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From Jamboree Troop D424, a lesson in efficient campsite setup

“OK, Spartan patrol and Unicorn patrol: You guys start setting up tents,” says Chris Schwartz, senior patrol leader of jamboree Troop D424 out of the West Tennessee Area Council.

“Phoenix patrol and Cougars: cots and kitchen stuff,” he continues. “And leadership corps, you fill in where needed.”

Just like that, three dozen Scouts spring into action. Over here, Scouts unfold and assemble cots with robot-like precision. Over there, tents take shape in no time. Nobody cares which tent or cot will be theirs, only that every tent, cot and dining area gets assembled before anyone unpacks their personal gear.

Troop D424 represents another impressive example of a boy-led troop getting things done without intervention from adults. But there’s more that caught my eye: Troop D424 is comprised of 12 different troops back home, meaning most of these Scouts met for the first time at pre-jamboree meetings.

That’s why SPL Chris wanted to split up tasks by patrol.

“It will force them to work together, and they’ll bond more,” he says. As expected, Chris gets called away by a Scout before we have time to finish chatting.

But the troop’s Scoutmaster and assistant Scoutmasters had plenty of time to talk — as should be the case in any boy-led troop.

“That’s called the patrol method,” Scoutmaster Mike Snyder says. “That’s the way Scouting is supposed to be run. And it’s the way the troop has been for years. Sometimes it works, sometimes it fails miserably.”

But it’s Baden-Powell’s vision, and Snyder doesn’t dare tamper with it. What it means is that adults step in only when absolutely necessary. And the rest of the time?

“Patch trading,” jokes assistant Scoutmaster John Vanhoose.

A few campsites down from D424, Scouts relax on dining tables in a half-setup campsite. Some sip water while others play cards. Camp setup will happen later for this troop, and that’s fine. Two troops, two different philosophies about the order of things upon arrival at camp.

Those Scouts look cool and comfortable, but Chris knows that there will be time for his troop to relax once the campsite is complete. Until then, what’s his task?

“A little bit of everything,” he says, smiling. “It comes with the job, I guess.”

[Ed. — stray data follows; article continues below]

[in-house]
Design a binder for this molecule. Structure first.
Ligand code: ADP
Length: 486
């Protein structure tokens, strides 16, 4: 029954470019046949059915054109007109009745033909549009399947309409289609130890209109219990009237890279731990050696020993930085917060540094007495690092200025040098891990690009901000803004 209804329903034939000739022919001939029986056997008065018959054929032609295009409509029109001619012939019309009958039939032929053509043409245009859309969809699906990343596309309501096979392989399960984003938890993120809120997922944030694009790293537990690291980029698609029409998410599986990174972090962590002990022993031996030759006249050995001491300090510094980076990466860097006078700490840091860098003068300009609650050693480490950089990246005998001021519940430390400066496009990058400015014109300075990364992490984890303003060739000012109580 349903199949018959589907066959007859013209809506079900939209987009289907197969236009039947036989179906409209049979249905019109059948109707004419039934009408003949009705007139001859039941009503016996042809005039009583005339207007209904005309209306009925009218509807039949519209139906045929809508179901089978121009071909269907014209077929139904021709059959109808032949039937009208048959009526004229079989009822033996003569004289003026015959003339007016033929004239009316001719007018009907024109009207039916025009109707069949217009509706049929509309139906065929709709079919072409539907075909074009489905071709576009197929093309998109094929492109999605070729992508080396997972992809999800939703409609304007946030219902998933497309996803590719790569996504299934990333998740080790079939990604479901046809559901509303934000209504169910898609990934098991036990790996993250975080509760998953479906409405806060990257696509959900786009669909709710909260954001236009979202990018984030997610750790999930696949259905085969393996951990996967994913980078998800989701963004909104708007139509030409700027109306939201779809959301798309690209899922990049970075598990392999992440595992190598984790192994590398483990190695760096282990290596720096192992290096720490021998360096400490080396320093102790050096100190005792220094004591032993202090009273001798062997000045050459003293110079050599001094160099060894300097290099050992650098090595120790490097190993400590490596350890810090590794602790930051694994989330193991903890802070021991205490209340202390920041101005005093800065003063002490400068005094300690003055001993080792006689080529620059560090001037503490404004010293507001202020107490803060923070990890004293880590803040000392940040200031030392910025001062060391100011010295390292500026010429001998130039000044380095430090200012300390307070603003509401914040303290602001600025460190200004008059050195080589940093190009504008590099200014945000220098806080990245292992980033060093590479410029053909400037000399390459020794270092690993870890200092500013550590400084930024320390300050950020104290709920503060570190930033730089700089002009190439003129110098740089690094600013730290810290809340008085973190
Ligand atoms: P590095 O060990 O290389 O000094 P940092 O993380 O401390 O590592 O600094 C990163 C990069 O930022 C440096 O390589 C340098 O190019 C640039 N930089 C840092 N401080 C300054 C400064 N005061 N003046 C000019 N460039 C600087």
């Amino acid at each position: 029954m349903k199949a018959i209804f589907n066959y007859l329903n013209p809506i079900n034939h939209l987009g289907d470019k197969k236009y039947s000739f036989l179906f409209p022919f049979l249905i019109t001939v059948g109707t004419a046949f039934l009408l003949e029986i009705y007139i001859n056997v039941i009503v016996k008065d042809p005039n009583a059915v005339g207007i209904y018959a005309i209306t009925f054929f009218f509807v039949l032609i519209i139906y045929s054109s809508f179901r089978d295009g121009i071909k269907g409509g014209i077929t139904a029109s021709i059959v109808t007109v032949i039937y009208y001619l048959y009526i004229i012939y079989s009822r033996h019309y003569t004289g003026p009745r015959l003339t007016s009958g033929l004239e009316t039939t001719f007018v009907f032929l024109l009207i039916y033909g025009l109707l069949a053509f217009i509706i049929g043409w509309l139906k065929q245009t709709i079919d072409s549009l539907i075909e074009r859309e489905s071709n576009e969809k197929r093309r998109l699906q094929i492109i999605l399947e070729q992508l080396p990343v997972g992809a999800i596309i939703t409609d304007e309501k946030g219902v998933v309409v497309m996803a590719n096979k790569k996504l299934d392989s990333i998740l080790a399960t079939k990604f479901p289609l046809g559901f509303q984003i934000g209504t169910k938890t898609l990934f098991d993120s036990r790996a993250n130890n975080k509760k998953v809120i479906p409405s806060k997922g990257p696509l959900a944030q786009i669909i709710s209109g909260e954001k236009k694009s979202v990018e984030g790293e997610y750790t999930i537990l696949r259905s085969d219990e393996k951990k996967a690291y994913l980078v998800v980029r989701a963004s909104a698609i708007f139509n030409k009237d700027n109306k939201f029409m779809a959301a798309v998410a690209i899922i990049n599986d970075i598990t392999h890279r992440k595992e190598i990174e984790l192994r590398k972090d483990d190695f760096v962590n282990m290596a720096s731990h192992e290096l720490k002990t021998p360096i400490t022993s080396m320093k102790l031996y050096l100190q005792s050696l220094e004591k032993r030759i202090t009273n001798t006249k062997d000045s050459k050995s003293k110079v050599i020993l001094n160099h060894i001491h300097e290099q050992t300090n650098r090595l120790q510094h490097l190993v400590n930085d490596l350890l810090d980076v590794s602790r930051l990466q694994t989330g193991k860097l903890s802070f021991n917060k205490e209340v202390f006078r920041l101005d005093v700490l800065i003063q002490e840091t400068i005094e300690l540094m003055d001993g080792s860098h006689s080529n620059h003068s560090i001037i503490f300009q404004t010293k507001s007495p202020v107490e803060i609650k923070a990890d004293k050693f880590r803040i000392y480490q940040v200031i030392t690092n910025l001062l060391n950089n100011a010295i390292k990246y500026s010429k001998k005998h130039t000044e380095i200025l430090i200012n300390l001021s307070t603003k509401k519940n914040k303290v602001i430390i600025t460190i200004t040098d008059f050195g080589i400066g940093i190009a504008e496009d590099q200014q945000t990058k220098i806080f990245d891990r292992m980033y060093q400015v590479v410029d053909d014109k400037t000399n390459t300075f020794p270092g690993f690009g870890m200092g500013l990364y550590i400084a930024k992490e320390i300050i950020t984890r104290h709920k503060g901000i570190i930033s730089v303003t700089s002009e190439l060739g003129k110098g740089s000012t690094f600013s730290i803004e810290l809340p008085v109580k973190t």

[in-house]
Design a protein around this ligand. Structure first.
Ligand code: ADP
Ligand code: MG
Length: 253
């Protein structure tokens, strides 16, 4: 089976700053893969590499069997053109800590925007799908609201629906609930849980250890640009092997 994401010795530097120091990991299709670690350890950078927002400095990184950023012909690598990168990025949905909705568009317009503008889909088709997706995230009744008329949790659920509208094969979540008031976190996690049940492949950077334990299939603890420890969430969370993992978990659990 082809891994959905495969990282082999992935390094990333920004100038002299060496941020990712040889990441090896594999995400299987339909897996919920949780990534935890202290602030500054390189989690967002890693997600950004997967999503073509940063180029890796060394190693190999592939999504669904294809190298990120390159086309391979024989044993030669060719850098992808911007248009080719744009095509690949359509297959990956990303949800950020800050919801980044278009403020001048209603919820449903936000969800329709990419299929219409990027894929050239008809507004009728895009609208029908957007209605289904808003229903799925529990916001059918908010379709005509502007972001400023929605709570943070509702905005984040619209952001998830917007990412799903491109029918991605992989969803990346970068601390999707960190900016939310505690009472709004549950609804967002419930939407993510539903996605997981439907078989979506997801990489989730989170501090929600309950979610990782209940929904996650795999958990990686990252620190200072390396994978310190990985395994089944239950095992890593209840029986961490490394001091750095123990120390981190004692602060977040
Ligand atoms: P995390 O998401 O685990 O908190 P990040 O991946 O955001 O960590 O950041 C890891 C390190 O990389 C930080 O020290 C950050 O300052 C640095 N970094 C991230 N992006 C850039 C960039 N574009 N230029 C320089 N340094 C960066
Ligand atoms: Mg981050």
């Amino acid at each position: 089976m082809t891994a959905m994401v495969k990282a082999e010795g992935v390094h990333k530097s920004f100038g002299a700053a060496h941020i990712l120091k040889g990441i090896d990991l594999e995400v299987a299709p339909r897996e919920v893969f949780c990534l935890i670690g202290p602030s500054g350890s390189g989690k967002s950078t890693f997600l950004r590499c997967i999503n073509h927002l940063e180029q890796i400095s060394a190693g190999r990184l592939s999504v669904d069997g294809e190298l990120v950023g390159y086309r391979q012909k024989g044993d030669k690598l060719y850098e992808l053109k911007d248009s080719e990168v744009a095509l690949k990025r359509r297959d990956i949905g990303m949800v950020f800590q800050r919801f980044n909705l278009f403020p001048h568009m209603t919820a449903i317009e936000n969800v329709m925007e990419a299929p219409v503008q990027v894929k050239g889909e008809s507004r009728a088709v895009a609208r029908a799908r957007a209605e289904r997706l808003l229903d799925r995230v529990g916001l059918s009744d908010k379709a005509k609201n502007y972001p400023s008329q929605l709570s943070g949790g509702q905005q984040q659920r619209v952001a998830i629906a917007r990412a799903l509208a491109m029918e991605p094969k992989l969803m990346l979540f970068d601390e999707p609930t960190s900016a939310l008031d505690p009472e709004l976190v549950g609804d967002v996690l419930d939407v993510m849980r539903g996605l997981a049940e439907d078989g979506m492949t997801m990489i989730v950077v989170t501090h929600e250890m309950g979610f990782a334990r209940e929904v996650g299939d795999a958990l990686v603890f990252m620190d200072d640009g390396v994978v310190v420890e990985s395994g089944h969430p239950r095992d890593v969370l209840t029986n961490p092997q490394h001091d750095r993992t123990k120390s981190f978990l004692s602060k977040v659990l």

More photos of D424:

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9 thoughts on “From Jamboree Troop D424, a lesson in efficient campsite setup

  1. My son is in the Troop D424, Him and 2 other scouts from Troop 4031. Glad to see all the hard work they do shows. Great Job to all the West Tennessee boys.

  2. I had Chris and some other West Tennessee Council scouts in my Middle Tennessee Council Troop in 2010. What an outstanding group of young men! I would expect nothing less from Chris or any other scout from that program.

  3. I am proud of our young men from Tennessee. I worked with Chris at summer camp this year and it was my honor. I know a few of the boys were on staff for NYLT less th
    an two weeks ago. They are not shy of hard work. What a great group of young men!!!!!! Keep up the good work!

  4. West Tennessee is well represented by these great young men and leaders. Proud to be a D424 parent, and wife to the patch trading Assistant Scoutmaster, John VanHoose.

  5. There are 8 scouts there from troop 68 ( now D424) that have been together since they were Tigers. These scouts have grown up together and work together very well and “play” together. I am proud of my son, Zach, who happens to be part of this wonderful program. Those Tennessee boys will make us proud!! A BIG thankyou you goes out to all the leaders for making our boys into great Men!!!

  6. Reading this makes the One Hour a week worthwhile. West Tennessee Scoutmaster who has 5 Scouts in D424

  7. The boys in this troop are from only 12 different troops at home?

    I was ASM in 2010, and our troop (942) had 34 boys who were from at least 6 different councils. The 17 boys from Utah were from 12 different troops (2 boys from one troop in a neighboring council). We met the cousins from CA and TX on the day we left Utah. We met the patrol from ID (8 boys from at least 3 (maybe 6) different troops) when the buses met outside the Jambo site. We met the patrol from Barbados (6 boys from 2 Barbados councils – probably 6 different troops) several hours after we arrived. The patrol leader of one patrol was a cousin from TX who had never met 5 of the boys in his patrol.

    A well planned patrol method, and well trained youth leaders were able to quickly combine these boys that had mostly not known each-other before into a great troop.

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